Demolition crews got a taste of this 5-story power plant and decided to take a month-long smoke break. Here’s the bite.
One of my favorite signs. I imagine something like this happened when it was put up: “Wow, that’s a big sign.” “Yeah, you’re going to be putting it up in the elevator at the service door.” “Have you thought of may locking the door?” “What?” “You know, lock it so that there’s no risk, sign aside, of us going through and falling to our death.” “Shut up and just install the damn sign.”
Tucked-into the side of the concentration mill… these machines were meant to crush underground rock into a fine dust for mineral extraction.
Just outside of the blast furnace is a series of platforms and catwalks to bring workers to the stoves.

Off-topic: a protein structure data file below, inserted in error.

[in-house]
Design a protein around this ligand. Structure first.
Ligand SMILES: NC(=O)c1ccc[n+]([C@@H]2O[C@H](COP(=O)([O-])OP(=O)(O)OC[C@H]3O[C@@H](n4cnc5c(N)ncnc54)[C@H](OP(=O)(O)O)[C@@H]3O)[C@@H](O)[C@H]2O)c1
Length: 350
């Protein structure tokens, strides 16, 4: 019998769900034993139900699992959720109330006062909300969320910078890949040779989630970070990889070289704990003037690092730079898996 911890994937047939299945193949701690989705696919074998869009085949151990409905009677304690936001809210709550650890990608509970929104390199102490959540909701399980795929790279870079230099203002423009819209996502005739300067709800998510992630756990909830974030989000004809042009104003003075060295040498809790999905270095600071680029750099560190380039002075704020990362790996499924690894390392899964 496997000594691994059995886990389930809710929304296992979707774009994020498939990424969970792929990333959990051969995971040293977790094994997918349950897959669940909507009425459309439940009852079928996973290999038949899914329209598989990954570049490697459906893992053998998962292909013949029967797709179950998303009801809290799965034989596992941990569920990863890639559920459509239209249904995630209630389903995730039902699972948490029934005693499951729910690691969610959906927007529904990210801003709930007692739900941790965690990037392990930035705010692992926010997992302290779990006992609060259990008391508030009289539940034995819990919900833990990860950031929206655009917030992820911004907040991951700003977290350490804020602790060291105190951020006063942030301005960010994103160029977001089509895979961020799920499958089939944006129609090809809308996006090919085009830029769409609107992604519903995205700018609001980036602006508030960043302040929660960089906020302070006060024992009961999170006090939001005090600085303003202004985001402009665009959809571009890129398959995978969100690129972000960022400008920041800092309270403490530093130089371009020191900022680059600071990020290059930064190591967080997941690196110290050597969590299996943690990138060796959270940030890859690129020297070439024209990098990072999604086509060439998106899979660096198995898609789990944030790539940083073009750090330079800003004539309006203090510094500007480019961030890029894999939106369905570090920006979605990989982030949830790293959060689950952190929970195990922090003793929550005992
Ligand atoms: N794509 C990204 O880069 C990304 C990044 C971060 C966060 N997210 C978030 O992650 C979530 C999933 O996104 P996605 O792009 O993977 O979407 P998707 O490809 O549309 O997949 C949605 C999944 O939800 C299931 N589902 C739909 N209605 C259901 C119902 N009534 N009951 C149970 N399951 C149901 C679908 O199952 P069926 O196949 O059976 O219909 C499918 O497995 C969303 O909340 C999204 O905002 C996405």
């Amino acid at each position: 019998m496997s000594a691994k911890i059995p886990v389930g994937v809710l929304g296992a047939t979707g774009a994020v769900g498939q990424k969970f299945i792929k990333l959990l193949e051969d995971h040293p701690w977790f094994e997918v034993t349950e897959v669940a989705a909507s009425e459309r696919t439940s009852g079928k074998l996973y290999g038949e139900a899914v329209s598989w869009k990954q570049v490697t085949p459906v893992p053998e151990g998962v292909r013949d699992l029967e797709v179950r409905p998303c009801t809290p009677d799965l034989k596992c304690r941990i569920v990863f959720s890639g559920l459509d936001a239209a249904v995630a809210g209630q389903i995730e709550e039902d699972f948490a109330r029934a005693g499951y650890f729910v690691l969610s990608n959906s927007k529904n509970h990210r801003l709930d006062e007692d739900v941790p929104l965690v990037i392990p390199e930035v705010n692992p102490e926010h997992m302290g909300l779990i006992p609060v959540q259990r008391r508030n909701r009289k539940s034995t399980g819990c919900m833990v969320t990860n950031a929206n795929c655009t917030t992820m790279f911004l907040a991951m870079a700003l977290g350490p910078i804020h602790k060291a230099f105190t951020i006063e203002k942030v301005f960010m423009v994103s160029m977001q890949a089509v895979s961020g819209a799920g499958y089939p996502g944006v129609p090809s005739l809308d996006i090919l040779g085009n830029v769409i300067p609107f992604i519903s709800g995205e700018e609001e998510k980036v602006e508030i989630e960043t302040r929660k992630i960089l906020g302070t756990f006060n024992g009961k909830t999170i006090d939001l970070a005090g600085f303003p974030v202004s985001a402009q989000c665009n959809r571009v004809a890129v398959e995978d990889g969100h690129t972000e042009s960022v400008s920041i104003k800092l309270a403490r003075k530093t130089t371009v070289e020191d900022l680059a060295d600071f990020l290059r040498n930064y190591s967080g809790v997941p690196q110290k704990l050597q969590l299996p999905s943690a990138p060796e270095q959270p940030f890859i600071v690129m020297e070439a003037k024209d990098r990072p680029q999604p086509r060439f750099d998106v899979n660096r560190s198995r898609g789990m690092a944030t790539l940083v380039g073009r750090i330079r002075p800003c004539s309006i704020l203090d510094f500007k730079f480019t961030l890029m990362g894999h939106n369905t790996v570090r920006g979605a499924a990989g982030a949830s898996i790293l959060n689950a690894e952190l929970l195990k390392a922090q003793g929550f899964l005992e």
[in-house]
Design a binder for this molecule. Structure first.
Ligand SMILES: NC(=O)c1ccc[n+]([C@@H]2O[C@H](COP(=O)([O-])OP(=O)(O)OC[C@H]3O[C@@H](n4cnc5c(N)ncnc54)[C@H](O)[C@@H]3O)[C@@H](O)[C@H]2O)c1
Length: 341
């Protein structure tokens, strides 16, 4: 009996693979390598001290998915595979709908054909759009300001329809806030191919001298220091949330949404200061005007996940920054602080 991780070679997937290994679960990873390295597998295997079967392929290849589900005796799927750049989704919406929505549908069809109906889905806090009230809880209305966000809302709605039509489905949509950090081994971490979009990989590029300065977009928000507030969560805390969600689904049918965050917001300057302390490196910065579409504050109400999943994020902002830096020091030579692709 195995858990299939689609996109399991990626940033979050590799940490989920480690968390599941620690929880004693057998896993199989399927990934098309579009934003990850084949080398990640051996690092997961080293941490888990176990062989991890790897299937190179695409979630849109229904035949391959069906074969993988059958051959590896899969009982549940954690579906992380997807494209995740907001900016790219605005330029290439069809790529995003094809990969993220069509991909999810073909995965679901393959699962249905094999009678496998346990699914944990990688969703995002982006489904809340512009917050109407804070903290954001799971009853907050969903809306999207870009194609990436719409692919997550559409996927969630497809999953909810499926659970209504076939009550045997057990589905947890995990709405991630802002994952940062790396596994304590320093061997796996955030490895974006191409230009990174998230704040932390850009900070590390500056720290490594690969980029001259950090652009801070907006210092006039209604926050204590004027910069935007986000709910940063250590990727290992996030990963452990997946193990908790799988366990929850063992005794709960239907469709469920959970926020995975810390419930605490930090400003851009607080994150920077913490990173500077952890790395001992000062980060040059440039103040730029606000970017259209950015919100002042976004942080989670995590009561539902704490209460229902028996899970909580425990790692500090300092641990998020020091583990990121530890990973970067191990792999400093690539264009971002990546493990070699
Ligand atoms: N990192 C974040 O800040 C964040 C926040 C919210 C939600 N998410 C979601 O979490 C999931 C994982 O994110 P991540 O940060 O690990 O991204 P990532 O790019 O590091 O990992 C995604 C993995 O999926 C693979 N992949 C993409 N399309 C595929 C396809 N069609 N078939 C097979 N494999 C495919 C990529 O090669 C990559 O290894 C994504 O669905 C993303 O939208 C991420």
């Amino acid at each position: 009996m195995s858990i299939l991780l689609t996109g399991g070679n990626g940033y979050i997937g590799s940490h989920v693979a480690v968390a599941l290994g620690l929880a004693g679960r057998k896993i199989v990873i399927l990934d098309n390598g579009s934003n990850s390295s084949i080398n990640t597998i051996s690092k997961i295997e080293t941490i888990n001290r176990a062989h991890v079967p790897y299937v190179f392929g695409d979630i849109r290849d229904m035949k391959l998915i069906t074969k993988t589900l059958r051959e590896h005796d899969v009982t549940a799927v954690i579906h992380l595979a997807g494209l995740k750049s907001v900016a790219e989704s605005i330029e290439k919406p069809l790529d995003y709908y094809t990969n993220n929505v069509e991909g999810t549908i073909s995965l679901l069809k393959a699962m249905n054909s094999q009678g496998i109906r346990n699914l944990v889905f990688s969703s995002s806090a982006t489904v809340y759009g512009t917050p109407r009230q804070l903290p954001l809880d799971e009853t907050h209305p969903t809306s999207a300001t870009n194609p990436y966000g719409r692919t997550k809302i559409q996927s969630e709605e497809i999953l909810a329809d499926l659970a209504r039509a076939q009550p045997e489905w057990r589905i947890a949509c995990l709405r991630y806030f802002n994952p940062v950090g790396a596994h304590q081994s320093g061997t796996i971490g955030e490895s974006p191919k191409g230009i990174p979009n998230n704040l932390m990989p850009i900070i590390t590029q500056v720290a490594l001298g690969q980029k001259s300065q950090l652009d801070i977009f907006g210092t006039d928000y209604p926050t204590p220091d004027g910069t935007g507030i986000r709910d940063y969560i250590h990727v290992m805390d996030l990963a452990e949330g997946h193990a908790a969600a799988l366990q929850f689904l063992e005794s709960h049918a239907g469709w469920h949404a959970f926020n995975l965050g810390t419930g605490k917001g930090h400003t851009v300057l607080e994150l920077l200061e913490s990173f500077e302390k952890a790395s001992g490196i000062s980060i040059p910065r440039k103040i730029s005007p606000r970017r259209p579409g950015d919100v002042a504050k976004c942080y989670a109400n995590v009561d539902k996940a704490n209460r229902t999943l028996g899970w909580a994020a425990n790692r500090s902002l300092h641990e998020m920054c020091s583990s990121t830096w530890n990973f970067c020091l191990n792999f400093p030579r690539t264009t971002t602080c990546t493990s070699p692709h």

A me-sized hole in the half-demolished skyway looks about a story down to the ground. Step lightly. Arista 100.
Many outdoor areas of the plant have become unofficial city dumps. The skeleton doesn’t care.
This volume gauge could be read from 30 feet away, which is useful when the control panels and valves are that far away.
This is a 1956 furnace. It was used to forge wheels, casings, and parts for the axel shop.